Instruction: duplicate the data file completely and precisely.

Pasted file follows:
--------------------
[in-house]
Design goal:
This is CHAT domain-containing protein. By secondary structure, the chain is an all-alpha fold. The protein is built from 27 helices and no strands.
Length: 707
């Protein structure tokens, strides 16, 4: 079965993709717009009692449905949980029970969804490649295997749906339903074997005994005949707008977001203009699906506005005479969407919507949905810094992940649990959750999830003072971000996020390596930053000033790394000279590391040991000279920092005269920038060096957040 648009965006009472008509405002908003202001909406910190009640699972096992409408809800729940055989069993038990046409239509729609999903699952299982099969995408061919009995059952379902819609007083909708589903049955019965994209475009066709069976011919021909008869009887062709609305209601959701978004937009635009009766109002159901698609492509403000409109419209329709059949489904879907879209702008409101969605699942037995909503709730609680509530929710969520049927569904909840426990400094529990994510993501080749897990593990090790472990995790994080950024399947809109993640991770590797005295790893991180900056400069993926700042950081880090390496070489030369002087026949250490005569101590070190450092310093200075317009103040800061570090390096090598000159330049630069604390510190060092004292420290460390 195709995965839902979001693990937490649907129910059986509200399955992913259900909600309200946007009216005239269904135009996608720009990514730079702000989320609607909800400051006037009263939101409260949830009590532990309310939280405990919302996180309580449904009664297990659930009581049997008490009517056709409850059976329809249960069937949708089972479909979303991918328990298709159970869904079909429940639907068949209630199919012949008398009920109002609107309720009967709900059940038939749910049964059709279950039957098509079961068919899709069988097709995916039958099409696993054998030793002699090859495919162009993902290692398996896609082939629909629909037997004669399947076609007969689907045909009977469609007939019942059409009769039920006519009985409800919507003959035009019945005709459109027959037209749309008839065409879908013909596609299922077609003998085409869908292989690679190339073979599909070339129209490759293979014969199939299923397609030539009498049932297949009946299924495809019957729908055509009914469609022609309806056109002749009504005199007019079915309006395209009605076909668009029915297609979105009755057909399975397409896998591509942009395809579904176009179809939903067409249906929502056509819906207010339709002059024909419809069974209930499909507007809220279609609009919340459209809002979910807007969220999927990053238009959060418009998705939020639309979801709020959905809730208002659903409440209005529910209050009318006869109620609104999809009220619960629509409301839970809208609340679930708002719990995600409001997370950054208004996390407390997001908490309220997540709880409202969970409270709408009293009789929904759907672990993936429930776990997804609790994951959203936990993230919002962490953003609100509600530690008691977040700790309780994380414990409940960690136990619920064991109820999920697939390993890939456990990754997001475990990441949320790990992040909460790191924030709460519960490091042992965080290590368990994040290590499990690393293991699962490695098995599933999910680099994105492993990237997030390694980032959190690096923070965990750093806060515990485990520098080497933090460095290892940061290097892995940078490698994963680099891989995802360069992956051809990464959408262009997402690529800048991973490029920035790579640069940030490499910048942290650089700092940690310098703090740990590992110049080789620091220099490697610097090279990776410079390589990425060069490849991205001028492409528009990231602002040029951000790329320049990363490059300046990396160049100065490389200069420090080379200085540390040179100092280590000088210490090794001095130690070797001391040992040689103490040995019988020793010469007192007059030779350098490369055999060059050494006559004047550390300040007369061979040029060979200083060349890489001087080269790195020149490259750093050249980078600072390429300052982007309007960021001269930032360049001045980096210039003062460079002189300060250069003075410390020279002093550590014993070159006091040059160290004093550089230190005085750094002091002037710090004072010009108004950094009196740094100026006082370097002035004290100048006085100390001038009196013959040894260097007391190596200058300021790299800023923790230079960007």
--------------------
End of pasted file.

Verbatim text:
[in-house]
Design goal:
This is CHAT domain-containing protein. By secondary structure, the chain is an all-alpha fold. The protein is built from 27 helices and no strands.
Length: 707
């Protein structure tokens, strides 16, 4: 079965993709717009009692449905949980029970969804490649295997749906339903074997005994005949707008977001203009699906506005005479969407919507949905810094992940649990959750999830003072971000996020390596930053000033790394000279590391040991000279920092005269920038060096957040 648009965006009472008509405002908003202001909406910190009640699972096992409408809800729940055989069993038990046409239509729609999903699952299982099969995408061919009995059952379902819609007083909708589903049955019965994209475009066709069976011919021909008869009887062709609305209601959701978004937009635009009766109002159901698609492509403000409109419209329709059949489904879907879209702008409101969605699942037995909503709730609680509530929710969520049927569904909840426990400094529990994510993501080749897990593990090790472990995790994080950024399947809109993640991770590797005295790893991180900056400069993926700042950081880090390496070489030369002087026949250490005569101590070190450092310093200075317009103040800061570090390096090598000159330049630069604390510190060092004292420290460390 195709995965839902979001693990937490649907129910059986509200399955992913259900909600309200946007009216005239269904135009996608720009990514730079702000989320609607909800400051006037009263939101409260949830009590532990309310939280405990919302996180309580449904009664297990659930009581049997008490009517056709409850059976329809249960069937949708089972479909979303991918328990298709159970869904079909429940639907068949209630199919012949008398009920109002609107309720009967709900059940038939749910049964059709279950039957098509079961068919899709069988097709995916039958099409696993054998030793002699090859495919162009993902290692398996896609082939629909629909037997004669399947076609007969689907045909009977469609007939019942059409009769039920006519009985409800919507003959035009019945005709459109027959037209749309008839065409879908013909596609299922077609003998085409869908292989690679190339073979599909070339129209490759293979014969199939299923397609030539009498049932297949009946299924495809019957729908055509009914469609022609309806056109002749009504005199007019079915309006395209009605076909668009029915297609979105009755057909399975397409896998591509942009395809579904176009179809939903067409249906929502056509819906207010339709002059024909419809069974209930499909507007809220279609609009919340459209809002979910807007969220999927990053238009959060418009998705939020639309979801709020959905809730208002659903409440209005529910209050009318006869109620609104999809009220619960629509409301839970809208609340679930708002719990995600409001997370950054208004996390407390997001908490309220997540709880409202969970409270709408009293009789929904759907672990993936429930776990997804609790994951959203936990993230919002962490953003609100509600530690008691977040700790309780994380414990409940960690136990619920064991109820999920697939390993890939456990990754997001475990990441949320790990992040909460790191924030709460519960490091042992965080290590368990994040290590499990690393293991699962490695098995599933999910680099994105492993990237997030390694980032959190690096923070965990750093806060515990485990520098080497933090460095290892940061290097892995940078490698994963680099891989995802360069992956051809990464959408262009997402690529800048991973490029920035790579640069940030490499910048942290650089700092940690310098703090740990590992110049080789620091220099490697610097090279990776410079390589990425060069490849991205001028492409528009990231602002040029951000790329320049990363490059300046990396160049100065490389200069420090080379200085540390040179100092280590000088210490090794001095130690070797001391040992040689103490040995019988020793010469007192007059030779350098490369055999060059050494006559004047550390300040007369061979040029060979200083060349890489001087080269790195020149490259750093050249980078600072390429300052982007309007960021001269930032360049001045980096210039003062460079002189300060250069003075410390020279002093550590014993070159006091040059160290004093550089230190005085750094002091002037710090004072010009108004950094009196740094100026006082370097002035004290100048006085100390001038009196013959040894260097007391190596200058300021790299800023923790230079960007």